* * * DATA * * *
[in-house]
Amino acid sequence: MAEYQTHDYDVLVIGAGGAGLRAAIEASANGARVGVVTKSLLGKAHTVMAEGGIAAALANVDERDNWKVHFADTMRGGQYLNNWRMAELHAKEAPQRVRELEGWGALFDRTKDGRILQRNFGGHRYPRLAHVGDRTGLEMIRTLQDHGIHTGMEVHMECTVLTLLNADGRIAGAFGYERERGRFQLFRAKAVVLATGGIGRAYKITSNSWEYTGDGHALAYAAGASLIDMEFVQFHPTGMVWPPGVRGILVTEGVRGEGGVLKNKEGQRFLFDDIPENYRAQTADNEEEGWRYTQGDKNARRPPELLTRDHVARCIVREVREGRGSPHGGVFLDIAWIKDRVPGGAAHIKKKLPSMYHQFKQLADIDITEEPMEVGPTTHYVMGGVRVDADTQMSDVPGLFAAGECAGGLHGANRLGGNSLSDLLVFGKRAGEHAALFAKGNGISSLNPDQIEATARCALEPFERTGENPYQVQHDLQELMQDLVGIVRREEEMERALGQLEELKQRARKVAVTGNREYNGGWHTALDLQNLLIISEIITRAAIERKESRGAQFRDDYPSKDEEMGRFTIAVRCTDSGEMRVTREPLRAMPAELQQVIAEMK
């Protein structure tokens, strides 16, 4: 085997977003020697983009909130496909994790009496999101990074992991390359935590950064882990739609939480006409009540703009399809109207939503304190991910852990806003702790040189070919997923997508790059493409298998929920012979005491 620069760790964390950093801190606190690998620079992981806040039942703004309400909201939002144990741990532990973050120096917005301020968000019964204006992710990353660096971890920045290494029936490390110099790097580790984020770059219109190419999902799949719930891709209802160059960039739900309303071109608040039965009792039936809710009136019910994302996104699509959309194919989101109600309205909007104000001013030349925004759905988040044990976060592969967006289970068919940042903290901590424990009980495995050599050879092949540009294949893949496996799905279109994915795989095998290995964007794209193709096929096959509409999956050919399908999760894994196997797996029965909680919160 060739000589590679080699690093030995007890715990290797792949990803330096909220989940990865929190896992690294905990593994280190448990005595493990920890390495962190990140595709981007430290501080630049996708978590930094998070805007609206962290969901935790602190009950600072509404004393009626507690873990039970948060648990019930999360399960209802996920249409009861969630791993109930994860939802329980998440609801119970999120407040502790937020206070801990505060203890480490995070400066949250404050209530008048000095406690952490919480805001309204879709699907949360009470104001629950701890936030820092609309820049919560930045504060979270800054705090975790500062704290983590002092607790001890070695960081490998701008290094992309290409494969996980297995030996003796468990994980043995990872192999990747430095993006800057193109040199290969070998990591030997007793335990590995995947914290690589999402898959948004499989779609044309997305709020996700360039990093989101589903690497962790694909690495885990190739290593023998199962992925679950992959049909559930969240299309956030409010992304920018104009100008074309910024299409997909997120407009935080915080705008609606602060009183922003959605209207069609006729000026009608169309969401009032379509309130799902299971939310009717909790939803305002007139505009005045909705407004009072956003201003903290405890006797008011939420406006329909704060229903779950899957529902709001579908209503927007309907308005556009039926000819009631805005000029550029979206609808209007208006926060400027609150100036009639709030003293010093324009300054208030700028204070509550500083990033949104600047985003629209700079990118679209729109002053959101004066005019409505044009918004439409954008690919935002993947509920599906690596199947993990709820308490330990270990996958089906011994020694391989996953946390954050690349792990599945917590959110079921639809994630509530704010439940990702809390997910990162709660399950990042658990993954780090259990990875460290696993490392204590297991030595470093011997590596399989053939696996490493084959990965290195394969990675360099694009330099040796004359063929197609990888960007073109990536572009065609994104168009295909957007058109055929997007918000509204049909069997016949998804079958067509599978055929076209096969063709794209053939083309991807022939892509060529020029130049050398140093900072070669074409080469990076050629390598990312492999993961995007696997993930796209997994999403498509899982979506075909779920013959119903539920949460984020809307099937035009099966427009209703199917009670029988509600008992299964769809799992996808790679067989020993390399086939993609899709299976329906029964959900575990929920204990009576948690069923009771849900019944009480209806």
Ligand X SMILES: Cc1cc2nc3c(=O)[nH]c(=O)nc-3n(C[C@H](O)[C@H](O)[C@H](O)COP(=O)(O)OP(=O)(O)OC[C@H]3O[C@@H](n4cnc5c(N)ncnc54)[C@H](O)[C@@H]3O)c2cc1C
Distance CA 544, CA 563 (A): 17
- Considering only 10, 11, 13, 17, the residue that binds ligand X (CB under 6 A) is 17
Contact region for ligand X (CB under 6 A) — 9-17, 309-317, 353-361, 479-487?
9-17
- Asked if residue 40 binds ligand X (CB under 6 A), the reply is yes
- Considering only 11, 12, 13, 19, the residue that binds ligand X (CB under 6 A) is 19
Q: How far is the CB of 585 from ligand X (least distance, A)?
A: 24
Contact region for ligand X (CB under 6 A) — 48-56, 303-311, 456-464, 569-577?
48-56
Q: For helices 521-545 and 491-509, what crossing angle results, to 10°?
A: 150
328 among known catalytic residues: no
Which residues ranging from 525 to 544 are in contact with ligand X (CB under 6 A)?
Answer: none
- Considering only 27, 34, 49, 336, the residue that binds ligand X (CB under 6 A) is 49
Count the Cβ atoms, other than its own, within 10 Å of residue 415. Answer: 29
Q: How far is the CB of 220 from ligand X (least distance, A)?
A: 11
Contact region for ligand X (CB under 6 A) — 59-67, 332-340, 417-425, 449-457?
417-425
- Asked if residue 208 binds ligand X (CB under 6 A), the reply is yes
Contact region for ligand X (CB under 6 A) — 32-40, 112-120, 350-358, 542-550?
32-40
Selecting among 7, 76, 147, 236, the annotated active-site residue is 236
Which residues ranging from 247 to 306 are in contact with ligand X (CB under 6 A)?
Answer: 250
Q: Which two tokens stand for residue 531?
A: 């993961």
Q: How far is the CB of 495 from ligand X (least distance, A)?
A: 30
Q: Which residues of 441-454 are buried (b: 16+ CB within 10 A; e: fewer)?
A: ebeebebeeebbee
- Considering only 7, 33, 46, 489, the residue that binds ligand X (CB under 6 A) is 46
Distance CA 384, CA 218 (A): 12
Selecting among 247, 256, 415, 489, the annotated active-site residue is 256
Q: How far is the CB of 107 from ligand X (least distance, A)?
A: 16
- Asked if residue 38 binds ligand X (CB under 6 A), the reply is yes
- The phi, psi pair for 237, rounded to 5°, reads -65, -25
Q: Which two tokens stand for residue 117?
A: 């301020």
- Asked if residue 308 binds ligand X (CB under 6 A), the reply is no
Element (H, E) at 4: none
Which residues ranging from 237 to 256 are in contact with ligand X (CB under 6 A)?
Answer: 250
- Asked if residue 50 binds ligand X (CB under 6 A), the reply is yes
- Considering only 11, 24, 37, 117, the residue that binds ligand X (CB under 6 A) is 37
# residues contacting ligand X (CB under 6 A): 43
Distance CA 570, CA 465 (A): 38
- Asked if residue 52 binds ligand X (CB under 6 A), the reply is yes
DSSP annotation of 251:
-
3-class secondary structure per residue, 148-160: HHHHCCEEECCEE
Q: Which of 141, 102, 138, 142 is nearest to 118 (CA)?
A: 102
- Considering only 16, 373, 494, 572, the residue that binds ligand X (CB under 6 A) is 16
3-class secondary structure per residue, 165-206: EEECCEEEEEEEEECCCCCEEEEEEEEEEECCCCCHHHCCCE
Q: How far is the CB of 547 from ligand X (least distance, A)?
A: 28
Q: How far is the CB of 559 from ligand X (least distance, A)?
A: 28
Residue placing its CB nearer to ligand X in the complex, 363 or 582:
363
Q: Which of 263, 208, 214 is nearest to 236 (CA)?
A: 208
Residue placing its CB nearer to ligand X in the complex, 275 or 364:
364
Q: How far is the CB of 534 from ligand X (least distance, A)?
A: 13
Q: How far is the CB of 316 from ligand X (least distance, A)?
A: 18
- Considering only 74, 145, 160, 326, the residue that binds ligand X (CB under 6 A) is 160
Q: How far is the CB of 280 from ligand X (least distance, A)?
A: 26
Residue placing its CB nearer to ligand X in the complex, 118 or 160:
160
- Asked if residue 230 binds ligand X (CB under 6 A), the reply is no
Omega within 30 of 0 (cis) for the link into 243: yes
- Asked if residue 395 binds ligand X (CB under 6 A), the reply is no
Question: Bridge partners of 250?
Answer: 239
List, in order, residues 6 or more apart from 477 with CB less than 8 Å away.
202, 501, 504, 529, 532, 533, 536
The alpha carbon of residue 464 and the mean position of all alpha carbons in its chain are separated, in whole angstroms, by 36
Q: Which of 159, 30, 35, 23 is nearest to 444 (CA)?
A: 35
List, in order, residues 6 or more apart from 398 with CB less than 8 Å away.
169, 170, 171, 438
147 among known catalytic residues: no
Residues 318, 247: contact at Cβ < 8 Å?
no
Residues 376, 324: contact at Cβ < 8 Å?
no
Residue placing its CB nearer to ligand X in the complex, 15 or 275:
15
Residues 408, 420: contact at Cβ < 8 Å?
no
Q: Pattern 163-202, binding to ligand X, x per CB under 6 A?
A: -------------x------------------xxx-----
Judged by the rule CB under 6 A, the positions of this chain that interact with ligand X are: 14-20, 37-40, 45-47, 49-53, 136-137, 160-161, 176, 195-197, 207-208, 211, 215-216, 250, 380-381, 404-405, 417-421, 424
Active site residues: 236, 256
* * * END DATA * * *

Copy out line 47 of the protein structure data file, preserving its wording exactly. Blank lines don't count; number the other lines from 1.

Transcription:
- Asked if residue 308 binds ligand X (CB under 6 A), the reply is no